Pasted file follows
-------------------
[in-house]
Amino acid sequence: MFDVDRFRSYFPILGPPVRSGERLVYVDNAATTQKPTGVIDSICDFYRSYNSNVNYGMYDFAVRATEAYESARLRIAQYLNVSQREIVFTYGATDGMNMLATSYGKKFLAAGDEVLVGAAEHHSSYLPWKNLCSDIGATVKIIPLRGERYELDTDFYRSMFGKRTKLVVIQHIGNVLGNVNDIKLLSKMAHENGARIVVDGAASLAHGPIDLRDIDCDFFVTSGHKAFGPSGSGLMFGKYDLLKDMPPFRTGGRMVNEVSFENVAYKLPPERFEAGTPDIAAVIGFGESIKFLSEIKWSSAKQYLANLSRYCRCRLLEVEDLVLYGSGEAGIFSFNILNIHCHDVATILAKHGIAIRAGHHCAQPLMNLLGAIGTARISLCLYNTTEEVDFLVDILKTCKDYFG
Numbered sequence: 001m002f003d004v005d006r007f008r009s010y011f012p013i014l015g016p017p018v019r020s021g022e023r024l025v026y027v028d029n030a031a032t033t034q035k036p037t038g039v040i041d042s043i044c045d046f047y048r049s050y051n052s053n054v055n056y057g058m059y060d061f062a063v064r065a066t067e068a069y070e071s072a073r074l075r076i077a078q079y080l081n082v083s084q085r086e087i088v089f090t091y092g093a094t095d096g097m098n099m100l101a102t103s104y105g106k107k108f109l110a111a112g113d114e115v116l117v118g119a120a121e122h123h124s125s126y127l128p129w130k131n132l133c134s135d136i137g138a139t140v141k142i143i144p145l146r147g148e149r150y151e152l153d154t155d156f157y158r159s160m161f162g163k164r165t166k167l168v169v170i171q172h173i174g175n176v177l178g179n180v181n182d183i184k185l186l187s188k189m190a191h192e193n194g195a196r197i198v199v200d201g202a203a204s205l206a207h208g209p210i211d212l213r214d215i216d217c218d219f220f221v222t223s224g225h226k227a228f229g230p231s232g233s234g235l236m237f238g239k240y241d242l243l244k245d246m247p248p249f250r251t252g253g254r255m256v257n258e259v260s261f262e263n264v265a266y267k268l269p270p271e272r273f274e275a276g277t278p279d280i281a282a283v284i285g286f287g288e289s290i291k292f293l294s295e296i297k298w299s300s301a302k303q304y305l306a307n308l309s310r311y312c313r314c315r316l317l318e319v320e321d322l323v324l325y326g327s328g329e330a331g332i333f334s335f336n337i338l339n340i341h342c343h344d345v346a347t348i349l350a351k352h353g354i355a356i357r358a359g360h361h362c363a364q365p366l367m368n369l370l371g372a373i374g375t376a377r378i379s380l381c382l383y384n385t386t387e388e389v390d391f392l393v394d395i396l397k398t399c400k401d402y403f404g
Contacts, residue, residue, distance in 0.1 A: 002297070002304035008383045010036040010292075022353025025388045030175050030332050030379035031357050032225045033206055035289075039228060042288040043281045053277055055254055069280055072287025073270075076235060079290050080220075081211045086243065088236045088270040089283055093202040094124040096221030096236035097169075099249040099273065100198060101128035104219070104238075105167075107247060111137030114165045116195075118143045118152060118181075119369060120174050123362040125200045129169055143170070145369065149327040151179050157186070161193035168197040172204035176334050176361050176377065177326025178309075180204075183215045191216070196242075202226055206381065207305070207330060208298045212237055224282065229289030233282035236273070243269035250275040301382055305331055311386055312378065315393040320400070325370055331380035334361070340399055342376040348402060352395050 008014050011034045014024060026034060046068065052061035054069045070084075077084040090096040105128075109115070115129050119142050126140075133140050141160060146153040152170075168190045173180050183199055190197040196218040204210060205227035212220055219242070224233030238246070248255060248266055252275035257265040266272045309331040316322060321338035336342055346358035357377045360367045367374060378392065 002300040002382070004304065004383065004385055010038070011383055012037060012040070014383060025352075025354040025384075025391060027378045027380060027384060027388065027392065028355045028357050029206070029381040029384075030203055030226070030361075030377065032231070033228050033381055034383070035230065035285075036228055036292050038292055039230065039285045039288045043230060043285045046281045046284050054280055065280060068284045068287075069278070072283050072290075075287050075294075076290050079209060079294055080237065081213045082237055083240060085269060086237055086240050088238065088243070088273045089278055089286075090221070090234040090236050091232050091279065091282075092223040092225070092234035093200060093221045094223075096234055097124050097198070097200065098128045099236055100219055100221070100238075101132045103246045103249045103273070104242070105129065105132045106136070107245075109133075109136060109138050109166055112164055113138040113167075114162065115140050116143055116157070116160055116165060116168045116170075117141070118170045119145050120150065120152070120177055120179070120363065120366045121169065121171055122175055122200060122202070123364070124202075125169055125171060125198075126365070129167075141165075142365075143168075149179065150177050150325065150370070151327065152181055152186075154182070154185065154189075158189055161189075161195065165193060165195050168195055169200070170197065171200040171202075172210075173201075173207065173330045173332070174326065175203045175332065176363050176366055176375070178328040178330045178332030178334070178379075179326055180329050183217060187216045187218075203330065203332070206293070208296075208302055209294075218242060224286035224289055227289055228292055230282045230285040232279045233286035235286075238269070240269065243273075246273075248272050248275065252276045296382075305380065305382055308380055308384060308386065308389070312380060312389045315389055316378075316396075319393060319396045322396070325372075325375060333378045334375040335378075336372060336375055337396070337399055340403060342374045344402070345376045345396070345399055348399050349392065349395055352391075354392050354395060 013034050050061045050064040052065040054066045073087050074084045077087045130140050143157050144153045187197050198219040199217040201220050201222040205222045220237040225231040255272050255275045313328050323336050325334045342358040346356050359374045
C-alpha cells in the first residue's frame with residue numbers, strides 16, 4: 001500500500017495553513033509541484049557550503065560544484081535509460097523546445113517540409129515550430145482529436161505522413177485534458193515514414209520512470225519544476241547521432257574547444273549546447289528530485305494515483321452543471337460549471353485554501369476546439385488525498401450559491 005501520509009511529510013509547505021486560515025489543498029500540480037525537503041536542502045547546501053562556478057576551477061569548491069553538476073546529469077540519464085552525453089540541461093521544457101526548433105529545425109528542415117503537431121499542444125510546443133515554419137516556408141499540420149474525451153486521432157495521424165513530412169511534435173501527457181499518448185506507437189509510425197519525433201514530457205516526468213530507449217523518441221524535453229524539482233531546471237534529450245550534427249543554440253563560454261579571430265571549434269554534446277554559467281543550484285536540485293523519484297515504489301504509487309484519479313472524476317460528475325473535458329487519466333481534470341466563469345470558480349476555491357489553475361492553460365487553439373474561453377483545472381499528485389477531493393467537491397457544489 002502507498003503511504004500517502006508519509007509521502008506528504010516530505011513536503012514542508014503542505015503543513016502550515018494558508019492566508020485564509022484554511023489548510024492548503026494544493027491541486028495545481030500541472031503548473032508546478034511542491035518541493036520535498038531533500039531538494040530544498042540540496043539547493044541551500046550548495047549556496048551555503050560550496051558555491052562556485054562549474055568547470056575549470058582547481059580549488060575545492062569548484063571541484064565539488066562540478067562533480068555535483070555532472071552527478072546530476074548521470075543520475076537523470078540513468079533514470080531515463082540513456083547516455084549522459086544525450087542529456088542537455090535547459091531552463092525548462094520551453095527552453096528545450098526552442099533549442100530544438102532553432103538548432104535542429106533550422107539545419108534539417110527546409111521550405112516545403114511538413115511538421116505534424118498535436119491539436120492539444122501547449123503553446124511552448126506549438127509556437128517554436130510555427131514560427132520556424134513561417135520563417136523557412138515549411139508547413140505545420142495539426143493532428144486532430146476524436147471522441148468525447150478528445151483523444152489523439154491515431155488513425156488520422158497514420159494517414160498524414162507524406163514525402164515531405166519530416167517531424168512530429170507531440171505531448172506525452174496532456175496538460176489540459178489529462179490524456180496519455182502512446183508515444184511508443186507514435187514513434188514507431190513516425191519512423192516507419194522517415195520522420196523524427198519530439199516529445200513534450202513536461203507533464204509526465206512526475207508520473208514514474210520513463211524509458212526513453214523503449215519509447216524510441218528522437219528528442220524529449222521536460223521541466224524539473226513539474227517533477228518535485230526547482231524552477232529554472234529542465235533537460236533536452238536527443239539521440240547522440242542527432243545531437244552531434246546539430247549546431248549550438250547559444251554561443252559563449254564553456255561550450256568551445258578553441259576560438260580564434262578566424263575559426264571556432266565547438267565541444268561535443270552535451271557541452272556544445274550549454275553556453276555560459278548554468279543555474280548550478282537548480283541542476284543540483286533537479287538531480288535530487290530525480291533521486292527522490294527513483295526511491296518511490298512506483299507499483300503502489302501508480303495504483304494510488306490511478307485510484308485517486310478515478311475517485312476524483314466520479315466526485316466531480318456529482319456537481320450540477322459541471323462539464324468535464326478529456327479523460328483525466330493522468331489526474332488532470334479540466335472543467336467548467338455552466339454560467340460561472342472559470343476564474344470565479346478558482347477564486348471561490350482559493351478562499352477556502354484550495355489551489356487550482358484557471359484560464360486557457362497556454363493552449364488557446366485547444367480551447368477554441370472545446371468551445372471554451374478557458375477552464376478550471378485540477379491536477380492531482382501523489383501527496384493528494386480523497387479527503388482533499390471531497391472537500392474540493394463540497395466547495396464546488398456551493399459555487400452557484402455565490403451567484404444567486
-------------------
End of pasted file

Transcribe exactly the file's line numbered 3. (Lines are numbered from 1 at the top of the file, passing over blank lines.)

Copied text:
Numbered sequence: 001m002f003d004v005d006r007f008r009s010y011f012p013i014l015g016p017p018v019r020s021g022e023r024l025v026y027v028d029n030a031a032t033t034q035k036p037t038g039v040i041d042s043i044c045d046f047y048r049s050y051n052s053n054v055n056y057g058m059y060d061f062a063v064r065a066t067e068a069y070e071s072a073r074l075r076i077a078q079y080l081n082v083s084q085r086e087i088v089f090t091y092g093a094t095d096g097m098n099m100l101a102t103s104y105g106k107k108f109l110a111a112g113d114e115v116l117v118g119a120a121e122h123h124s125s126y127l128p129w130k131n132l133c134s135d136i137g138a139t140v141k142i143i144p145l146r147g148e149r150y151e152l153d154t155d156f157y158r159s160m161f162g163k164r165t166k167l168v169v170i171q172h173i174g175n176v177l178g179n180v181n182d183i184k185l186l187s188k189m190a191h192e193n194g195a196r197i198v199v200d201g202a203a204s205l206a207h208g209p210i211d212l213r214d215i216d217c218d219f220f221v222t223s224g225h226k227a228f229g230p231s232g233s234g235l236m237f238g239k240y241d242l243l244k245d246m247p248p249f250r251t252g253g254r255m256v257n258e259v260s261f262e263n264v265a266y267k268l269p270p271e272r273f274e275a276g277t278p279d280i281a282a283v284i285g286f287g288e289s290i291k292f293l294s295e296i297k298w299s300s301a302k303q304y305l306a307n308l309s310r311y312c313r314c315r316l317l318e319v320e321d322l323v324l325y326g327s328g329e330a331g332i333f334s335f336n337i338l339n340i341h342c343h344d345v346a347t348i349l350a351k352h353g354i355a356i357r358a359g360h361h362c363a364q365p366l367m368n369l370l371g372a373i374g375t376a377r378i379s380l381c382l383y384n385t386t387e388e389v390d391f392l393v394d395i396l397k398t399c400k401d402y403f404g